Paquita, midway through her pregnancy, headed back to Australia via Cape Town, while Mawson sailed on 2 January 1915 for New York. In Washington he met Adolphus Greely, US army general, Civil War veteran and leader of a legendary Arctic expedition over 30 years previously, in which 18 men had died. And dined with the inventor Alexander Graham Bell.
That was the easy part. From 15 January until the end of March 1915, Mawson’s time would be consumed by a relentless round of lectures, illustrated by Hurley’s matchless lantern slide images, in his bid to wipe off the AAE’s debt. He would seek to tell the whole AAE story, but inevitably his focus would be on what the public wanted to hear about — the deaths of Ninnis and Mertz and his own fight for survival.
Travelling by rail and sleeping on the move between cities, Mawson told his Antarctic story in Washington, New York, Philadelphia, Toronto, Montreal, Ottawa, Boston, Cleveland, Detroit, Baltimore, Harrisburg, Buffalo, Toledo, Ann Arbor, Chicago, Kansas City, St Louis, Davenport, Madison, Crawfordsville and Pittsburgh. Then back to New York for lectures in Brooklyn and Manhattan.
The exhausting lecture schedule had some reward, though undoubtedly less than Mawson would have hoped. In six weeks Mawson’s share of the profits amounted to about $1560, or around £330.
But a month of lectures, twice a day at the Webber Theatre in New York, resulted in a net loss of $860 (£183). The financial outcome is unknown, but it is likely half of the loss was borne by Mawson, leaving little return for his mammoth effort.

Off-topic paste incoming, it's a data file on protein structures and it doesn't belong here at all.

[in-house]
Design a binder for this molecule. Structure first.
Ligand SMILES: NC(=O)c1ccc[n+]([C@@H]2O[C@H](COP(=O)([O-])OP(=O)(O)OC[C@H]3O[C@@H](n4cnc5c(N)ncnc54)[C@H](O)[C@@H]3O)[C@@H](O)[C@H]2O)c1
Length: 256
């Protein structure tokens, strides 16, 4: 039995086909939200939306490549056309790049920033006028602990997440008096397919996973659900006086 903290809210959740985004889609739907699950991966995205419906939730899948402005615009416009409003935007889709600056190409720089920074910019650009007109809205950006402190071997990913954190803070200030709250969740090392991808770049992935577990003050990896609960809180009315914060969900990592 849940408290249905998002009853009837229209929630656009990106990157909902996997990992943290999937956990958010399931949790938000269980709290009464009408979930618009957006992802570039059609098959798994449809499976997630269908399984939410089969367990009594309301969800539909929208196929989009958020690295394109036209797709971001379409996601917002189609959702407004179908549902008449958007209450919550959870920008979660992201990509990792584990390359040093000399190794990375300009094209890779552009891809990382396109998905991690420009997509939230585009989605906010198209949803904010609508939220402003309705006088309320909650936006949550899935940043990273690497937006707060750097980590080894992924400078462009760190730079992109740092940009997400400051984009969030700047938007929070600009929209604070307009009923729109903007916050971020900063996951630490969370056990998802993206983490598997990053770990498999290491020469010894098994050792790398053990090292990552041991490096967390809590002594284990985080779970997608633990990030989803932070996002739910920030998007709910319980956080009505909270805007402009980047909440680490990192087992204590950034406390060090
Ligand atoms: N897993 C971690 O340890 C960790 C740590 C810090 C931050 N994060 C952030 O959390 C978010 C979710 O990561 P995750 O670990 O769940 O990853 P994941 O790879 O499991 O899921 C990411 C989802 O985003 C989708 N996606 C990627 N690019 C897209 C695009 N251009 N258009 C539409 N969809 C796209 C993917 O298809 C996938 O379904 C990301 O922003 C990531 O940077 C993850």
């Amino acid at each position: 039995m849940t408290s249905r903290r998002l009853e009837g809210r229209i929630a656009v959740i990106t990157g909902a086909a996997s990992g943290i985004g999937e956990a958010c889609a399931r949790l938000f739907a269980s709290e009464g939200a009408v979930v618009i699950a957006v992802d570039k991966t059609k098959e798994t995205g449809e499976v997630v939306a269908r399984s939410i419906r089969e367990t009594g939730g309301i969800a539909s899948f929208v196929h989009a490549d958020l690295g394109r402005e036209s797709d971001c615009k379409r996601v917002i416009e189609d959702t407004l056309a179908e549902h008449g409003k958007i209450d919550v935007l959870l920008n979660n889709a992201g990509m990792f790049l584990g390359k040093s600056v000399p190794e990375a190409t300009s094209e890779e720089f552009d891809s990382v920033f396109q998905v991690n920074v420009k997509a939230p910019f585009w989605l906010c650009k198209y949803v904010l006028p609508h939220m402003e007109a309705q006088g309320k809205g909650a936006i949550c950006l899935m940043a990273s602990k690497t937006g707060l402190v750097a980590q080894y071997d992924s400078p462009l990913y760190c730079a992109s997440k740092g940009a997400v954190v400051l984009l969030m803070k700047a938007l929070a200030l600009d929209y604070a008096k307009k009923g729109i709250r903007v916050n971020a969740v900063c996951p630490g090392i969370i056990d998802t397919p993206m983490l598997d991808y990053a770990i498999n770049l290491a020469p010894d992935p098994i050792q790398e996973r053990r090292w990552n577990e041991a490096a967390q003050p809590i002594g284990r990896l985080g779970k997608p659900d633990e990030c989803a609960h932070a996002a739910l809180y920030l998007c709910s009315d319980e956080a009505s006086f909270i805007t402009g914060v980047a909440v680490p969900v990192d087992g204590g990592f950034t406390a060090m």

Offsetting this, the lectures — and especially Hurley’s photographs, which got high praise from reviewers — had stimulated sales of The Home of the Blizzard. They also prompted showings of the AAE film at metropolitan and provincial cinemas. While disappointing at first (as in the United Kingdom), the US film showings eventually returned Mawson a profit of $1233 (about £260).
There was an added bonus to the United States visit: Mawson came to admire the country, its people and, most notably, its academic institutions. He made contact with Robert Peary, who reached the North Pole in 1910, and began a lifelong friendship with William Hobbs, pioneering glaciologist and meteorologist. And he was welcomed as a guest speaker by the National, American and Chicago Geographic Societies.